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The TCJA Would Cut Taxes By An Average of $1,600 in 2018, With Most Benefits Going To Those Making $300,000-Plus
The conference agreement on the Tax Cuts and Jobs Act would reduce taxes by about $1,600 on average in 2018, with the biggest benefit going to households making between $308,000 and $733,000, according to a new analysis by the Tax Policy Center. Middle-income taxpayers would pay about $900 less than under current law, about 1.6 percent of after-tax income, while the lowest income households would get an even more modest tax cut compared to current law.
By contrast, the highest-income one percent of households , who will make about $733,000 and up, would get an average tax cut of roughly $50,000 or 3.4 percent of their after-tax income. Those in the top 0.1 percent, who will make $3.4 million or more next year, would get an average tax cut of about $190,000, or 2.7 percent of their after-tax income.
While the details of the TCJA have changed throughout the congressional debate, the basic story of the bill has remained the same since it was first introduced in early November. Most households would get a tax cut at first, with the biggest benefits going to those with the highest incomes. After 2025, when nearly all of the bill’s individual income tax provisions are due to expire, only high-income people would get a meaningful tax cut.
About 80 percent of households would get a tax cut while about 5 percent would pay more in 2018 (the rest would pay roughly the same as under current law). Among middle-income households, about 90 percent would pay less and 7 percent would pay more. Despite the many changes in the law that affect low- and moderate-income households, about 45 percent of low-income households would pay roughly the same amount of tax as they do today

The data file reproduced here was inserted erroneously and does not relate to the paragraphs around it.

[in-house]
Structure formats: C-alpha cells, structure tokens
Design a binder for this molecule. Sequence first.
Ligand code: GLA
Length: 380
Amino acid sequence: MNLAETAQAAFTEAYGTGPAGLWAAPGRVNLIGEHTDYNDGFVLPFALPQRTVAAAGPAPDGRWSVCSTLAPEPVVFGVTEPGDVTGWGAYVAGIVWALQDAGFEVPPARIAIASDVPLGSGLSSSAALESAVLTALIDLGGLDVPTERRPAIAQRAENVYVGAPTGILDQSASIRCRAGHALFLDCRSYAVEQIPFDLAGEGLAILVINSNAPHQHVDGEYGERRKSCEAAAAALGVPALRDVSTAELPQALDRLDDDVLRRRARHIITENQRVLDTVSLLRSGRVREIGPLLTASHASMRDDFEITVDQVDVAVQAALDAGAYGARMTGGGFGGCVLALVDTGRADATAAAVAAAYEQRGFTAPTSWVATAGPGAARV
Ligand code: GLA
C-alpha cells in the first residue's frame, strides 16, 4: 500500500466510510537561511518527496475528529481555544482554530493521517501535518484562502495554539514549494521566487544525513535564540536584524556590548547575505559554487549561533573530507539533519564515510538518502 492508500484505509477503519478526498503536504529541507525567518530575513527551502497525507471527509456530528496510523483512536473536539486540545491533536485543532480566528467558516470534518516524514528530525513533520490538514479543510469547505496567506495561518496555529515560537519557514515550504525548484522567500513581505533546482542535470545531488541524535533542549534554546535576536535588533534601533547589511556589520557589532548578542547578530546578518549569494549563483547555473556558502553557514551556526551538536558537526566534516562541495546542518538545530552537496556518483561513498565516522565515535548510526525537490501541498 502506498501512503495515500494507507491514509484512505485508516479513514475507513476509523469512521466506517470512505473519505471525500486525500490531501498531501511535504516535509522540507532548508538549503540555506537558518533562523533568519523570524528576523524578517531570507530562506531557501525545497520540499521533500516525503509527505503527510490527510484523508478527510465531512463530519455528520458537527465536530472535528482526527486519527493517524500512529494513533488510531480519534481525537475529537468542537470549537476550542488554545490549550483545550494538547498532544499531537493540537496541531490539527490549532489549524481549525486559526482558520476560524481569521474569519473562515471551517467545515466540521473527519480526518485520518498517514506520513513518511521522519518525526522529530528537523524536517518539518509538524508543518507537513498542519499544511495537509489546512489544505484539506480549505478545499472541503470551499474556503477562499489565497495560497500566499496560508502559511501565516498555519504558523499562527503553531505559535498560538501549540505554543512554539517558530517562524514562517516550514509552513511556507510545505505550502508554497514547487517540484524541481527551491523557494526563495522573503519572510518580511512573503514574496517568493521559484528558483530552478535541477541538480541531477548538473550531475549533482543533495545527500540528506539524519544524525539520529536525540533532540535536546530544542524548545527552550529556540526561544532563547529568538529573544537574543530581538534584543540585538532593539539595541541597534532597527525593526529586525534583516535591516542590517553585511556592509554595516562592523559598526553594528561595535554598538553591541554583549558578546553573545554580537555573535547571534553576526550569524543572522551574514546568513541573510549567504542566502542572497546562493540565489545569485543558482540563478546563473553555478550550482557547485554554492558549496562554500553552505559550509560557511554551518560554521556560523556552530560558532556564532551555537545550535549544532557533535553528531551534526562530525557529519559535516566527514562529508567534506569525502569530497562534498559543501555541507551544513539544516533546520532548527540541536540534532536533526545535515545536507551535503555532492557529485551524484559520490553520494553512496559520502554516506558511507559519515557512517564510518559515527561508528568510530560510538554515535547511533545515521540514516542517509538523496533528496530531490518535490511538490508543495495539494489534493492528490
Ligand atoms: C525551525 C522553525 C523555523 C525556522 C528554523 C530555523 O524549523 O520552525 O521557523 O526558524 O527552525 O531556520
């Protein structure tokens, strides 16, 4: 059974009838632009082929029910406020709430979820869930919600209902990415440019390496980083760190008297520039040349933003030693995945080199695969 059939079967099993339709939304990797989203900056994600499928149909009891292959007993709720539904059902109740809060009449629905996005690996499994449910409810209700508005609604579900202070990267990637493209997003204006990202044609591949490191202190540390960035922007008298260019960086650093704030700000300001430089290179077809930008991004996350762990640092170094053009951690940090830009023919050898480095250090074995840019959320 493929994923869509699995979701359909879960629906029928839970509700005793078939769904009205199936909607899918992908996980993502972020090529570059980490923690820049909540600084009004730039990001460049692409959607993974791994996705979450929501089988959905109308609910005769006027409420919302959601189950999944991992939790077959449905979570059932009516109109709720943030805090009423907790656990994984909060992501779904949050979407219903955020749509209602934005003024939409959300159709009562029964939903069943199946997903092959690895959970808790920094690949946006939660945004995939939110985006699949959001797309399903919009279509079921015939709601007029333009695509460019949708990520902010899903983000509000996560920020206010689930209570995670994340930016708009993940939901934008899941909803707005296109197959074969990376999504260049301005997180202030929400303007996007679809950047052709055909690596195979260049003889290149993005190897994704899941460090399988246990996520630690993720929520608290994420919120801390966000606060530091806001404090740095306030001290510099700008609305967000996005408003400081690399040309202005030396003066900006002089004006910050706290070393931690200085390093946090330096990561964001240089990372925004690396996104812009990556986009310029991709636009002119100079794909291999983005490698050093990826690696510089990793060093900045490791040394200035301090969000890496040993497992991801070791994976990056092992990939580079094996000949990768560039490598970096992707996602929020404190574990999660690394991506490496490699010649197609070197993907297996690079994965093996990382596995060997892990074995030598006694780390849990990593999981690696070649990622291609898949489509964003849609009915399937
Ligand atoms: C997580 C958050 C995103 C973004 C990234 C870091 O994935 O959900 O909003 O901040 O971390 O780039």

By 2027, after nearly all of the bill’s individual income tax provisions are due to expire, the average tax cut would fall to about $160. Except for those in the top one percent (who would be making $900,000 or more) households in each income group would be paying roughly the same amount of tax on average as under current law. And more than half would pay more in taxes than if the law had never changed.
The TCJA includes several major changes that would primarily affect low- and moderate-income households. It would reduce individual income tax rates, increase the standard deduction, and expand the child tax credit. However, it would also end the personal exemption, a trade-off that could raise taxes for low-income families with a large number of children. It would also change the way the tax code is adjusted for inflation, a revision that would slowly increase taxes on all households.
High-income households would benefit primarily from five tax changes—lower income tax rates on ordinary income, a more generous Alternative Minimum Tax, the bill’s 20 percent deduction for income from pass-through businesses such as partnerships, the corporate income tax rate cuts, and the roughly doubling of the estate tax exemption to $22 million for couples.
What would these average tax cuts mean for American households? For middle-income people, an extra $900 would pay for about seven months of gas. By contrast, those in the top one percent could pick up a nice Mercedes C Class Coupe with their $50,000+ average tax cut.
Posts and comments are solely the opinion of the author and not that of the Tax Policy Center, Urban Institute, or Brookings Institution.
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